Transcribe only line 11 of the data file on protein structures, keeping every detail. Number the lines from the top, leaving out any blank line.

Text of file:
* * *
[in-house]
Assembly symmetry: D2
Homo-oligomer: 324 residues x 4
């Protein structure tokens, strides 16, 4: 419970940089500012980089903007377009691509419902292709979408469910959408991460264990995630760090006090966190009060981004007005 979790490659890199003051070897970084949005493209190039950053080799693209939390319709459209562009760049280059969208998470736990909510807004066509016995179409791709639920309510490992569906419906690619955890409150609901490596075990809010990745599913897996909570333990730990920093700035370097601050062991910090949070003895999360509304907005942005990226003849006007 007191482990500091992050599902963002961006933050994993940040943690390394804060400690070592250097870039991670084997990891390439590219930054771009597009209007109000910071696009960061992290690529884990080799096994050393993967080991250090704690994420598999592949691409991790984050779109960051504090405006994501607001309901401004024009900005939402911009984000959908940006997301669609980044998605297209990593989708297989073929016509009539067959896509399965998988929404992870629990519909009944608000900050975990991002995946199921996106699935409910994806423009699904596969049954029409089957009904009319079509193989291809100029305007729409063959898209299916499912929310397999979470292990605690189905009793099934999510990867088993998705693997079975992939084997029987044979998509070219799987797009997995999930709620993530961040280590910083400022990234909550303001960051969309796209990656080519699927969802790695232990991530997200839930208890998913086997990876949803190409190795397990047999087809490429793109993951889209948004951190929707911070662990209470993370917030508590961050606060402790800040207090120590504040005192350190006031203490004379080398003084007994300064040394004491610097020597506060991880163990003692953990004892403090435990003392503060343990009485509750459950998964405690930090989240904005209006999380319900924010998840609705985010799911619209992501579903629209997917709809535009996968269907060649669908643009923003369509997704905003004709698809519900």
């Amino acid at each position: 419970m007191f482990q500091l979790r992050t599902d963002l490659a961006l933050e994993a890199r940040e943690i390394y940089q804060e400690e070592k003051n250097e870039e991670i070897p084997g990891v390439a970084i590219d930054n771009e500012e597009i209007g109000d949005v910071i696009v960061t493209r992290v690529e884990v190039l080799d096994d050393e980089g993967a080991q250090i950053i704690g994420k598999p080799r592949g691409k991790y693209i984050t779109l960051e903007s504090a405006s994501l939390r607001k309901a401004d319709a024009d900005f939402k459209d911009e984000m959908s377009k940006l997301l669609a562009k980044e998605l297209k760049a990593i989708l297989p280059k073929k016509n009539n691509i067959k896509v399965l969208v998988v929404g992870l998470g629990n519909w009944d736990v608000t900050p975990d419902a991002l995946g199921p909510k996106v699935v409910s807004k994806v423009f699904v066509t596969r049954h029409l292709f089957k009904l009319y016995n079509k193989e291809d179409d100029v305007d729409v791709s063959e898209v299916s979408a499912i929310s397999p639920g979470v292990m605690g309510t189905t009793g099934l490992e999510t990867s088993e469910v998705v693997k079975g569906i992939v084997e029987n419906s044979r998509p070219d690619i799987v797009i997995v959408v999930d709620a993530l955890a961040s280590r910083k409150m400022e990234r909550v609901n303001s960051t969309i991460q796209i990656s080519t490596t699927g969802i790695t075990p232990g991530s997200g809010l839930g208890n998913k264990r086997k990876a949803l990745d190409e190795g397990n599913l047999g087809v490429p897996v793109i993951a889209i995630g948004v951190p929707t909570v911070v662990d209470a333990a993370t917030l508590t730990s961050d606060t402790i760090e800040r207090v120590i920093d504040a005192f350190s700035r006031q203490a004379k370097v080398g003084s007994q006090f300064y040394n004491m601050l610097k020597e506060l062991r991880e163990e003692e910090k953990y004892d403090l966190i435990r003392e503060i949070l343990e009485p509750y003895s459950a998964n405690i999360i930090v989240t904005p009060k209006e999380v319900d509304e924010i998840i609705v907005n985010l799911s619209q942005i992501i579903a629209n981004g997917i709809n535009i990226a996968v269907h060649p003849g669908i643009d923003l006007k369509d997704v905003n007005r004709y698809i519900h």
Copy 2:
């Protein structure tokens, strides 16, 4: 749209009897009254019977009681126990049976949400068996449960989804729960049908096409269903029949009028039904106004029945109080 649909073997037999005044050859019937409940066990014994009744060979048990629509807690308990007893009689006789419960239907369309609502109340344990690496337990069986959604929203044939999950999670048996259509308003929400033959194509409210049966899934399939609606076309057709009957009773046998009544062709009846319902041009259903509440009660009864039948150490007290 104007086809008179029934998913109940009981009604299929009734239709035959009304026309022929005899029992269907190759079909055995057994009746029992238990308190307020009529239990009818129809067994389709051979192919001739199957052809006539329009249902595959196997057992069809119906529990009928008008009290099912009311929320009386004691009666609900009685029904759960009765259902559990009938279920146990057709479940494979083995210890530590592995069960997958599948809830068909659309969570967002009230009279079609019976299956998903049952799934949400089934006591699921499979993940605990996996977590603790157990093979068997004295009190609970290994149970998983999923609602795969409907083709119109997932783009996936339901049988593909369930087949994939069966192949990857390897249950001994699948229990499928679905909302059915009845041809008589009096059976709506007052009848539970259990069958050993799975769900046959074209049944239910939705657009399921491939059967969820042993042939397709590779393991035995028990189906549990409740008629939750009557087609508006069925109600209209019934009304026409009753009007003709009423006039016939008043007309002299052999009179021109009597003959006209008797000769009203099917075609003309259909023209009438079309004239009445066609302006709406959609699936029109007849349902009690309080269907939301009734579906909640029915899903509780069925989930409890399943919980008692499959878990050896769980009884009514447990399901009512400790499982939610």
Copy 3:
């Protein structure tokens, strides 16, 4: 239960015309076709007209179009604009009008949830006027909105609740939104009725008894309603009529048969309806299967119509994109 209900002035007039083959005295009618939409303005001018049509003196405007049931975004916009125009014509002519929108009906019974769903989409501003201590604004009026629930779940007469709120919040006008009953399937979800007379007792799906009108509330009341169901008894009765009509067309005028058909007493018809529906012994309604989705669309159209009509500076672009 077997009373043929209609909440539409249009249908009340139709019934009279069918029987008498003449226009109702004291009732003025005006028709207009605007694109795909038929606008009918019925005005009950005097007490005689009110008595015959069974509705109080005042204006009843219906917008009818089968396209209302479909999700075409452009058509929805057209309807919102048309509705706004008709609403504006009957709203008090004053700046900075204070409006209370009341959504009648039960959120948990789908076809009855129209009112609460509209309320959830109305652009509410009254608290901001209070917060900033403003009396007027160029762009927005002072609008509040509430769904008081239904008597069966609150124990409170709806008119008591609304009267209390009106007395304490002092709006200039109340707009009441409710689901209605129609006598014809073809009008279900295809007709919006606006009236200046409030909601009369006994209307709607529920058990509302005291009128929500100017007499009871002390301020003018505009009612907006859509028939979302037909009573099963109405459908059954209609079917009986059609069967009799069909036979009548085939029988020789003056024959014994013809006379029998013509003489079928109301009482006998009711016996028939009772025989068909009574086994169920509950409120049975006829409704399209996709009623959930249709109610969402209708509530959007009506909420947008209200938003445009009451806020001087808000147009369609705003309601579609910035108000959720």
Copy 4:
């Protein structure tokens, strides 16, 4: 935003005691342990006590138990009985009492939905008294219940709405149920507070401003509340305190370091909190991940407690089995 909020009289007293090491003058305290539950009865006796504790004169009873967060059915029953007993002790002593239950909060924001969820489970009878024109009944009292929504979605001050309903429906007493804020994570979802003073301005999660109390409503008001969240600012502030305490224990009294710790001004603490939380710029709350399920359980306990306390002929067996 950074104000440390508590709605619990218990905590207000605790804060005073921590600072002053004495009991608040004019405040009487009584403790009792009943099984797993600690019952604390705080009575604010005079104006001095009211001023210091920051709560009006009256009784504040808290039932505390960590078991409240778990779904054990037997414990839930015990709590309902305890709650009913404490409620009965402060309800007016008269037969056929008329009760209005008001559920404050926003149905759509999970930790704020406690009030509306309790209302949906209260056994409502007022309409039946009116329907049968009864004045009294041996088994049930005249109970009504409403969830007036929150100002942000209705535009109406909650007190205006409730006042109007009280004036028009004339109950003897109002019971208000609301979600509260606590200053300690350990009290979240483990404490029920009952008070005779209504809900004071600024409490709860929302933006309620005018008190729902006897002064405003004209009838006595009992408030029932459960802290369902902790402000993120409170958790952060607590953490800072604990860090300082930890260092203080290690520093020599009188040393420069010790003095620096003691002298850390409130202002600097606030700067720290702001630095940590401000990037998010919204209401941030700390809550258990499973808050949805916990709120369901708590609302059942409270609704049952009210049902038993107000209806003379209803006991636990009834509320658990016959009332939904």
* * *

């Protein structure tokens, strides 16, 4: 935003005691342990006590138990009985009492939905008294219940709405149920507070401003509340305190370091909190991940407690089995 909020009289007293090491003058305290539950009865006796504790004169009873967060059915029953007993002790002593239950909060924001969820489970009878024109009944009292929504979605001050309903429906007493804020994570979802003073301005999660109390409503008001969240600012502030305490224990009294710790001004603490939380710029709350399920359980306990306390002929067996 950074104000440390508590709605619990218990905590207000605790804060005073921590600072002053004495009991608040004019405040009487009584403790009792009943099984797993600690019952604390705080009575604010005079104006001095009211001023210091920051709560009006009256009784504040808290039932505390960590078991409240778990779904054990037997414990839930015990709590309902305890709650009913404490409620009965402060309800007016008269037969056929008329009760209005008001559920404050926003149905759509999970930790704020406690009030509306309790209302949906209260056994409502007022309409039946009116329907049968009864004045009294041996088994049930005249109970009504409403969830007036929150100002942000209705535009109406909650007190205006409730006042109007009280004036028009004339109950003897109002019971208000609301979600509260606590200053300690350990009290979240483990404490029920009952008070005779209504809900004071600024409490709860929302933006309620005018008190729902006897002064405003004209009838006595009992408030029932459960802290369902902790402000993120409170958790952060607590953490800072604990860090300082930890260092203080290690520093020599009188040393420069010790003095620096003691002298850390409130202002600097606030700067720290702001630095940590401000990037998010919204209401941030700390809550258990499973808050949805916990709120369901708590609302059942409270609704049952009210049902038993107000209806003379209803006991636990009834509320658990016959009332939904």